Unknown Unknowns #30 - Exploration
2 min read

Unknown Unknowns #30 - Exploration

There was a minor family health issue last week, so between that and Thanksgiving this week, I decided to have one issue for the two weeks and send it out today.  Everyone's fine, and we will be spending Thanksgiving at my parents.

This Week:

Writing:

I unfortunately wasn't able to finish my diaspora essay (it will be done next week, promise!) but I did tweet about something I shared a couple weeks ago.  Cedric Chin (who writes the terrific CommonPlace blog) reviewed a book called Complexity and concluded that the world is made up of Complex Adaptive Systems, and is therefore impossible to predict.  The solution, Acting Without Predicting, sounds suspiciously like Tasshin's Conditions-Consequences.
If you can't predict the future, all you can do is do your best in the present moment.

Targeting a specific outcome has two problems: you don't know if that outcome is actually good, and it's uncertain whether or not you will accomplish it.

When you targeting a goal you are also more likely to use metrics, which introduces another problem:  Goodhart's Law - "When a measure becomes a target, it ceases to be a good measure."

Discoveries:

I named this newsletter Unknown Unknowns, but I don't think I've ever really talked about this concept.  I've tried to share ideas that are thought provoking and reveal blind spots.  I think the way most people find unknown unknowns is through other people.  But today's pieces show a few other methods.

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David Epstein discusses the concept of unknown unknowns in the context of the  reversal of the recommendation of prophylactic use of aspirin.  He quotes Daniel Kahneman:

WYSIATI (What You See Is All There Is) means that we use the information we have as if it is the only information. We don't spend much time saying, "Well, there is much we don't know." We make do with what we do know. And that concept is very central to the functioning of our mind.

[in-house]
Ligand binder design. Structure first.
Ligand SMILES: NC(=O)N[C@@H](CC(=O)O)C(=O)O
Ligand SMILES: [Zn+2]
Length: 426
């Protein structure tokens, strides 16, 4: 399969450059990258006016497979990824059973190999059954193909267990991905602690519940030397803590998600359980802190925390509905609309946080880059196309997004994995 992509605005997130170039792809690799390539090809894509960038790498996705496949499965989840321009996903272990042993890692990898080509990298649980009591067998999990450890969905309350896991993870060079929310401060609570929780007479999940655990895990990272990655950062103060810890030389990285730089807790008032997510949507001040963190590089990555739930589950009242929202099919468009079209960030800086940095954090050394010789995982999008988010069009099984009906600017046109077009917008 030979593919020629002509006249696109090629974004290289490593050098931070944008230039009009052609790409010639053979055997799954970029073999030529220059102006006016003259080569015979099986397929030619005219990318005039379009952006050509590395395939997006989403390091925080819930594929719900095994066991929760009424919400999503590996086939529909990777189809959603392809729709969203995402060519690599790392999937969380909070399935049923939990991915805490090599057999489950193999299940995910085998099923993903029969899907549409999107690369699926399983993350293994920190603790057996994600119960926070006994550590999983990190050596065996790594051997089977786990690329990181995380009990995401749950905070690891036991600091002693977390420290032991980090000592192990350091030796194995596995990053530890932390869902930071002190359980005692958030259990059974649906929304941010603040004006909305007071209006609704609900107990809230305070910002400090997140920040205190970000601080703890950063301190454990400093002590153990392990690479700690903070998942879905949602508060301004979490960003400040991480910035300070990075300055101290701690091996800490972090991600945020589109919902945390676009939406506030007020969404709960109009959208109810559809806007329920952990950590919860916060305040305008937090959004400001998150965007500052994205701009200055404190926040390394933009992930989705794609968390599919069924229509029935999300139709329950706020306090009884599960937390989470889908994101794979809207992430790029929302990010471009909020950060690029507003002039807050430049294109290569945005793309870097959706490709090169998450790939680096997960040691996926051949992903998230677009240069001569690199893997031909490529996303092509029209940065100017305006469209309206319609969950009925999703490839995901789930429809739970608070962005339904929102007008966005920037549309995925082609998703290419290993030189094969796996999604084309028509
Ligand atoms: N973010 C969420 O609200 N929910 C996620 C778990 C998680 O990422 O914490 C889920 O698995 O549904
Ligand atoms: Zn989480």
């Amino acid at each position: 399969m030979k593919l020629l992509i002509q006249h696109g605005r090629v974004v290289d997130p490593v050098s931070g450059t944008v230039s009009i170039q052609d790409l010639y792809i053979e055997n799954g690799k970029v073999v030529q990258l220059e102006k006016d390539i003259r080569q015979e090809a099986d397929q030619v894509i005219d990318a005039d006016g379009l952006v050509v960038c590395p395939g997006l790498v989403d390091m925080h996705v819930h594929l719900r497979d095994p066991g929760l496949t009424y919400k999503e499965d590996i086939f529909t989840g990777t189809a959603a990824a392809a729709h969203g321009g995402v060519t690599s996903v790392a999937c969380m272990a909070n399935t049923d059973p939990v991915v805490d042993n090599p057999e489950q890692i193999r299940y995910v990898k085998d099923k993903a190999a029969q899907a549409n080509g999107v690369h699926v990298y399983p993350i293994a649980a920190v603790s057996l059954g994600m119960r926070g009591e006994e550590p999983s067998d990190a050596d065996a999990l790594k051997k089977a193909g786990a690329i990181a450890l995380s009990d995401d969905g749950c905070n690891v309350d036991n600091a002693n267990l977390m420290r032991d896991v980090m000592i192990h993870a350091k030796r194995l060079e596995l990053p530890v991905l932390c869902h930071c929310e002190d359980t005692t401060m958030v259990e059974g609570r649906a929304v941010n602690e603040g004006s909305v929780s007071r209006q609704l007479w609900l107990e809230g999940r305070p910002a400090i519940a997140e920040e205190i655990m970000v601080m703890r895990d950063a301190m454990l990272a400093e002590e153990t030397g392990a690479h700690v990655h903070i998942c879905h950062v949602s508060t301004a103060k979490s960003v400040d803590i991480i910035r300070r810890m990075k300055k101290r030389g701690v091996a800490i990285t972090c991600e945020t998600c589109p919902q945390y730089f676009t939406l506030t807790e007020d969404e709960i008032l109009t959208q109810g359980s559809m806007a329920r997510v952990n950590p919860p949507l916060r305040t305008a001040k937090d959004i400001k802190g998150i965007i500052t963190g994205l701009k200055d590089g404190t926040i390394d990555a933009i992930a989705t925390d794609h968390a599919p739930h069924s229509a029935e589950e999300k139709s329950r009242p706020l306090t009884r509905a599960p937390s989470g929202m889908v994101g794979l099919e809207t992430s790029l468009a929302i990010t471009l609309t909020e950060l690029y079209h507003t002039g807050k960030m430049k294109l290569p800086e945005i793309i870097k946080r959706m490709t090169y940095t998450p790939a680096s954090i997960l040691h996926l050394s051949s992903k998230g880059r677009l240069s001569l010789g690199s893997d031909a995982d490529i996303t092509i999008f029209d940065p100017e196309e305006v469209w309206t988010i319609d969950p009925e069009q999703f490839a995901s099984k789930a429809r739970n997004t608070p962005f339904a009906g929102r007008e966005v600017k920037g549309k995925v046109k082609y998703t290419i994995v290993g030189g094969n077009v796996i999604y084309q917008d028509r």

And David shares how he tries to avoid this problem.

=> Article Here

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Ron Friedman writes about reverse engineering.  If you see an unknown unknown from someone else, how can you apply that idea to yourself?

=> Article Here

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Gell-Mann amnesia is when you hear about a topic that your familiar with, and you know the speaker is wrong.  But then you hear them talk about another topic that you're unfamiliar with, and you forget that they were wrong.  A big example is the news.  I see Gell-Mann amnesia as a huge opportunity to explore your unknown unknowns.  Instead of blindly believing authority figures, explore deeper.

=> Article Here

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If you ask these questions to yourself, what does this reveal about how you prioritize?  This is a great cue to see the biggest unknown unknown, your motivation.  If something is the "most important" and you're not working on it, that is a huge blindspot.


Questions, suggestions, complaints?  Email me me at [email protected].  Feedback welcome.

If you enjoyed this newsletter, please share it with a friend or two.  And feel free to send anything you find interesting to me!

Have a great week,

Chris